Jennifer Upton: The Soul and the True Spirit of Christianity

UPTON-The-Ordeal-of-Mercy-267px-400pxI first became interested in Dante’s Divine Comedy because I’ve always been interested in the essential qualities of things. Slowly I began to ask: What is the essential quality of western civilization, and European Christian culture in particular, which is the apex of that civilization?

Dante was consciously writing the great epic poem of Christian Europe, which is why he looked back to Virgil, whose Aeneid was the great epic of the Roman Empire. This knowledge is important in our time, because Europe and our whole civilization are now under siege, though it is not always clear by whom. Right now a great many Muslim immigrants are coming into Europe, but this wouldn’t be happening if it weren’t being allowed by other forces. It sometimes seems as if the global elites want to destroy western civilization, and Christianity along with it.

What is the true spirit of Christianity? It is no accident that Dante writes about the afterlife, seeing that Jesus said, “My Kingdom is not of this world”. The greatest part of any man is his soul, and the soul is something that the senses can’t directly perceive. Christianity emphasized this in order to expand our understanding of what a human being is. Even the Incarnation, though it blesses the body and the material world, has an otherworldly aspect to it, since what is incarnated comes from a higher world. In Christian terms the human being is destined for Paradise, and it is the soul which can intuit Paradise. Without an acknowledgement of the soul, humanity is trapped in the body and what the bodily senses can perceive. In Christianity we talk about the resurrected body too entering Paradise—but if the soul’s journey toward the Spirit is unacknowledged, or no longer believed in, this in no way represents the “acceptance” of the body, since the body can certainly not enter Paradise on its own.

The senses by themselves cannot see the posthumous worlds Dante writes about in the Divine Comedy, but once the soul is accessed it can teach the senses how to perceive them, often by means of the tangible world the senses perceive naturally. The senses can immediately experience, for example, the blueness of the sky, or the difference between sunlight and moonlight, but it is the soul which interprets these experiences and shows us their meaning.

My book, The Ordeal of Mercy, is about the second of the three books of the Divine Comedy, the Purgatorio. Purgatory is the place where the afterlife and the spiritual struggles of this life directly meet. It is no accident that Catholics are exhorted to pray for “the good souls in Purgatory”; they are brothers and sisters to us. It is incumbent upon us in this life to engage in spiritual warfare. The souls in Purgatory are also involved in a kind of spiritual warfare, though as a passive ordeal rather than the kind of active struggle we face, the battle against evil in both ourselves and the world. This is why the good souls in Purgatory are called the Church Suffering, and Christians in this world the Church Militant.

Our spiritual warfare has to be for us also a spiritual path, an inner purification with definite stages to it. If we lose touch with this understanding we are tempted to fanaticism because we see evil and the conflict with evil only exterior. The spiritual path is the soul’s struggle to conform itself to perfection, in obedience to Christ’s command “be ye perfect, even as your Heavenly Father is perfect.” In this world evil will enter one’s soul and divide it; it is our duty to recognize these inner divisions and do what is needed to overcome them. The soul that triumphs over its inner divisions is ascending toward the Spirit through a kind of Purgatory in this life.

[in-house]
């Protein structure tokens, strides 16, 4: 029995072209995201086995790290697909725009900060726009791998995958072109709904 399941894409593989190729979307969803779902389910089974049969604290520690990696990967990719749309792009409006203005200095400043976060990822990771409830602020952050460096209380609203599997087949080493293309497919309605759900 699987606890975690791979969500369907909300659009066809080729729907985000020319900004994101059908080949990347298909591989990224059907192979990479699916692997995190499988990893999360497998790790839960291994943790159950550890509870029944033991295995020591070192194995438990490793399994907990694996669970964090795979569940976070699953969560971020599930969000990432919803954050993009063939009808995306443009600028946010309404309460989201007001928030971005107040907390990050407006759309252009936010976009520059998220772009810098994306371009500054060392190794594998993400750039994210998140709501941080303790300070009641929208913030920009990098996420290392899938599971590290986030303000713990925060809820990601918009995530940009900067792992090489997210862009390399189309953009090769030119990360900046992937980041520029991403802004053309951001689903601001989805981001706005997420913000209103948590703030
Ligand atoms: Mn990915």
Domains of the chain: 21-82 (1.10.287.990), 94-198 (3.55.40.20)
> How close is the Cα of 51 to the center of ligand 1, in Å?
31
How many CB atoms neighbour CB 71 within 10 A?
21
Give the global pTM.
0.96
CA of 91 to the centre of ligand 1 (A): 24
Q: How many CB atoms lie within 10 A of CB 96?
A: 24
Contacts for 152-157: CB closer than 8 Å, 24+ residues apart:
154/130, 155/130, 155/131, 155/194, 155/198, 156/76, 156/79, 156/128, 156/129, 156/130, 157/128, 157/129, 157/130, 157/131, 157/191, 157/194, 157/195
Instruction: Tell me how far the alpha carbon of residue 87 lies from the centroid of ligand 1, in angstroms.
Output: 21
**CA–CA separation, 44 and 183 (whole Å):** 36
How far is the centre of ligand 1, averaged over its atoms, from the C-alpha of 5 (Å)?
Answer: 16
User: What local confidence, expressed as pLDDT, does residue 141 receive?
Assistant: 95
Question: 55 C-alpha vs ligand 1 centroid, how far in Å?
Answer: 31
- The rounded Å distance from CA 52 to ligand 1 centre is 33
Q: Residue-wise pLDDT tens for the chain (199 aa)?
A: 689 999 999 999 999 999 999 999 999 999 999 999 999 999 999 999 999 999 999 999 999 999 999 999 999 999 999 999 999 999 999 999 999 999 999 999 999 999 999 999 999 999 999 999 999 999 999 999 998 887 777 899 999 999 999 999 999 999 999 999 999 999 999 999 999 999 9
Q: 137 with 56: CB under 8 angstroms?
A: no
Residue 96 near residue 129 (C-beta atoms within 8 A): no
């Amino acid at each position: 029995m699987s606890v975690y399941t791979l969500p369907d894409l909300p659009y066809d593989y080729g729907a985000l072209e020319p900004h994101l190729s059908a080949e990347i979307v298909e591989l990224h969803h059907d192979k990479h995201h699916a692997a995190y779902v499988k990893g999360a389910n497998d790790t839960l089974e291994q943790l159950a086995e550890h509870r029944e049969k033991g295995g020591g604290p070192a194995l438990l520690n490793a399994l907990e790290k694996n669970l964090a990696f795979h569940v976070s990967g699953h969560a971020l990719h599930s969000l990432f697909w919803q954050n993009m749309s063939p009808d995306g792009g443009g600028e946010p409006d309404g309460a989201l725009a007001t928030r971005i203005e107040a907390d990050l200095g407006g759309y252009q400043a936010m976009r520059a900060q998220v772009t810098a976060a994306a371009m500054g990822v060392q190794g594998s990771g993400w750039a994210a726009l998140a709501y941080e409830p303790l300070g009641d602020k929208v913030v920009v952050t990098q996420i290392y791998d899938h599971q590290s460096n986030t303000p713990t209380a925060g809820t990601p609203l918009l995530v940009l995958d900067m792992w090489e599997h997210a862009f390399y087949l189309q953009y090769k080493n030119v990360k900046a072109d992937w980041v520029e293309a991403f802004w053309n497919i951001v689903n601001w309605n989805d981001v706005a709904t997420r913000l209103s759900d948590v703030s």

Jacob’s Ladder is often used as an image of this spiritual ascent. In the Eastern Orthodox liturgy the passage about the Ladder from genesis is read on feast days related to the Theotokos, the Virgin Mary. In terms of the western Church this is comparable to the place in The Litany of the Blessed Virgin where Mary is called “Tower of Ivory”. The Virgin is also the Queen of the Divine Comedy—the one who, through St. Lucy, sent Beatrice Portinari from Paradise to guide Dante through the other world while still in this life.

At the summit of the Mountain of Purgatory the Earthly Paradise appears—which, as Dante puts it, is man’s true earthly home. Our humanity fell from a higher order of reality, symbolized in Genesis by the Garden of Eden, where even our bodies were different. The Fathers of the Church—Saint Maximos the Confessor, for example—taught that when Adam and Eve, after they ate the forbidden fruit, put on “garments of skin” [Genesis 3:21], this symbolized the assumption of the bodies we now possess, bodies susceptible to corruption.

In one way it as if terrestrial existence were a school, and the Earthly Paradise a higher school. Yet we never entirely “graduate” from this Paradise; the Celestial Paradise does not obliterate the Earthly one, because the Earthly Paradise is where the body feels at home. If the body finds itself in an alien environment, such as this material world, where it does not feel entirely at home, then it is certainly not in Paradise. Thus the Celestial Paradise carries the Earthly Paradise within it.

Purgatory is a world of preparation. It is designed to be temporary, which is why it is still involved with time; it is not one of the Last Things, which are Death, Judgment, Heaven and Hell. Purgatory ends when time ends, at which point everything the Earthly Paradise has been is assumed into Paradise as such. The scriptural image of this assumption is the Heavenly Jerusalem.

Copyright 2016 Jennifer Upton

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